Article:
Chile faces industry backlash on proposed copper mining royalty bill

Chile faces industry backlash on proposed copper mining royalty bill

Chile’s government is facing a backlash from industry players regarding a long-running copper mining royalty bill which, if passed, could threaten the sector’s competitiveness.

The controversial bill is part of the nation’s sweeping tax reforms and is expected to lower the maximum tax burden for copper producers to 48% of their operating profit, from the 50% previously proposed.

This would bring the average tax rate to 42.1% based on prices over the past 10 years.

Chile is the world’s largest copper producer and is home to global copper giants such as Codelco, BHP (ASX: BHP), Anglo American, Glencore and Antofagasta.

Royalty to hit hard

The mining industry claims the tax burden brought on by the new royalty would hit hard when companies are already struggling to offset a decline in ore grades around the country.

BHP is among those calling for greater government dialogue to prevent the mining royalty from affecting competitiveness.

The group believes the proposed level of royalty would leave Chile in an uncompetitive position compared to other jurisdictions in which it operates.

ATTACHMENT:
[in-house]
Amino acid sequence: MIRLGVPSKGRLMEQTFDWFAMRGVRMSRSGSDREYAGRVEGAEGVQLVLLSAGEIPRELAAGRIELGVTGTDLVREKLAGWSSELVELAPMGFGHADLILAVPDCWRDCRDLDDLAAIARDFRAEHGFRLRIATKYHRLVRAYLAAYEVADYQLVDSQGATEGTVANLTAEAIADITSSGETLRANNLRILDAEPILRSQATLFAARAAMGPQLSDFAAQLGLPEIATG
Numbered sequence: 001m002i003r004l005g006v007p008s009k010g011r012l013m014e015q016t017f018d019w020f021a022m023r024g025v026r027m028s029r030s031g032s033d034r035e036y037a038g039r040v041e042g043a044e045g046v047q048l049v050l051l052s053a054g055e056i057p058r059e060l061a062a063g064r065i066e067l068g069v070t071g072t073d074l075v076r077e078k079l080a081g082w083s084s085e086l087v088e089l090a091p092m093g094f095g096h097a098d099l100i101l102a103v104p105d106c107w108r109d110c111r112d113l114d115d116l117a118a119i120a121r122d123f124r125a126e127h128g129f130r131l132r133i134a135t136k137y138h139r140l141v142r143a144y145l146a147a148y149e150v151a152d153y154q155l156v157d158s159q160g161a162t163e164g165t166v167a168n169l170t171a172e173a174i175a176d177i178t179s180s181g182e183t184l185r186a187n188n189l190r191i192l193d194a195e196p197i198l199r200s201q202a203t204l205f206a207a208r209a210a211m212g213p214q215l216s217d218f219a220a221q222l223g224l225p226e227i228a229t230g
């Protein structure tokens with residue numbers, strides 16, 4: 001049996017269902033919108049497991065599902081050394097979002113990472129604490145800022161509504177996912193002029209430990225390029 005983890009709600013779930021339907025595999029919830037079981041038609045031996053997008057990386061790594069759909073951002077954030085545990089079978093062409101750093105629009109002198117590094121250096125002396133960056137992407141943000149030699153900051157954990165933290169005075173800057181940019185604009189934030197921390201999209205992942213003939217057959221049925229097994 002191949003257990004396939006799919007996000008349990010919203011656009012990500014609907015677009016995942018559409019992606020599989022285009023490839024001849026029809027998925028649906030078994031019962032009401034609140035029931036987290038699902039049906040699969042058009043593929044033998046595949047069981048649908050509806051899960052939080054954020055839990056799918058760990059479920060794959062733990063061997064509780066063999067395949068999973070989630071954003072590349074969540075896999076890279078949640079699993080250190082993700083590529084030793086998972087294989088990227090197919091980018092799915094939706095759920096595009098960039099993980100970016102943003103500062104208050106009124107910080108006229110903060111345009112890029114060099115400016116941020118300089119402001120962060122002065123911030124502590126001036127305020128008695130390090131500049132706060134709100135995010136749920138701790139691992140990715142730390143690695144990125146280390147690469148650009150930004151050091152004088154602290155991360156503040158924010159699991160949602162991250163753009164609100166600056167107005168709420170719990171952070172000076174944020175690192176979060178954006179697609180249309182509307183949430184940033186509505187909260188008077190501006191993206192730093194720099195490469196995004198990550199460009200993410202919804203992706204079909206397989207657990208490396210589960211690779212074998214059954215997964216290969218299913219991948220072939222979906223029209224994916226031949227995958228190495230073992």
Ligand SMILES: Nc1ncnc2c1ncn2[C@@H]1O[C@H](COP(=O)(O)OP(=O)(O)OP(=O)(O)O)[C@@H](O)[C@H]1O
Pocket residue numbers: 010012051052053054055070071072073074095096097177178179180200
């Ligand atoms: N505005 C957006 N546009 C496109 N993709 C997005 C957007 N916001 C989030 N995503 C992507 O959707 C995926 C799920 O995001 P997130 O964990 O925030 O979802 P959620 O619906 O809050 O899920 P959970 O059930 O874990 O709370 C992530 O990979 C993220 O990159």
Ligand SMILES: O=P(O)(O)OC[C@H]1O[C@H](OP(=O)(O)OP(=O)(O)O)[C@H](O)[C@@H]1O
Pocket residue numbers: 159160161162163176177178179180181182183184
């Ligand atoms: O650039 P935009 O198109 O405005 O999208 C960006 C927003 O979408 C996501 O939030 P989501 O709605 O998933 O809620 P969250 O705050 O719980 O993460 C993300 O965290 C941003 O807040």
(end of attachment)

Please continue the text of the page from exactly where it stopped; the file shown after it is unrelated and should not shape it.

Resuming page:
Chile’s major competitors have a tax burden somewhere between 41% and 44%, and

BHP said it “would desperately like to make investments in Chile,” with an “obliged” expansion at the giant Escondida copper porphyry mine in the Atacama Desert.

Chile’s Mining Minister Marcela Hernando said the government is confident it can “smooth out differences” with the mining industry before a vote on the royalty bill in congress this week.

Parliamentary motion

The mining royalty bill started through a parliamentary motion presented by deputies to the House of Representatives in September 2018.

The Chilean Government has since presented three packages of amendments to the bill, converting it into a project which complies with constitutional legality given the exclusivity that the president has in tax matters.

Initial amendments to the bill were presented in July 2022 and specified that a new tax would be established and called a “mining royalty”.

It was approved in January by a Chilean congressional meeting.

From there, it passed to a treasury commission, where it was subject to a new review and approval process before being put to final vote this week.

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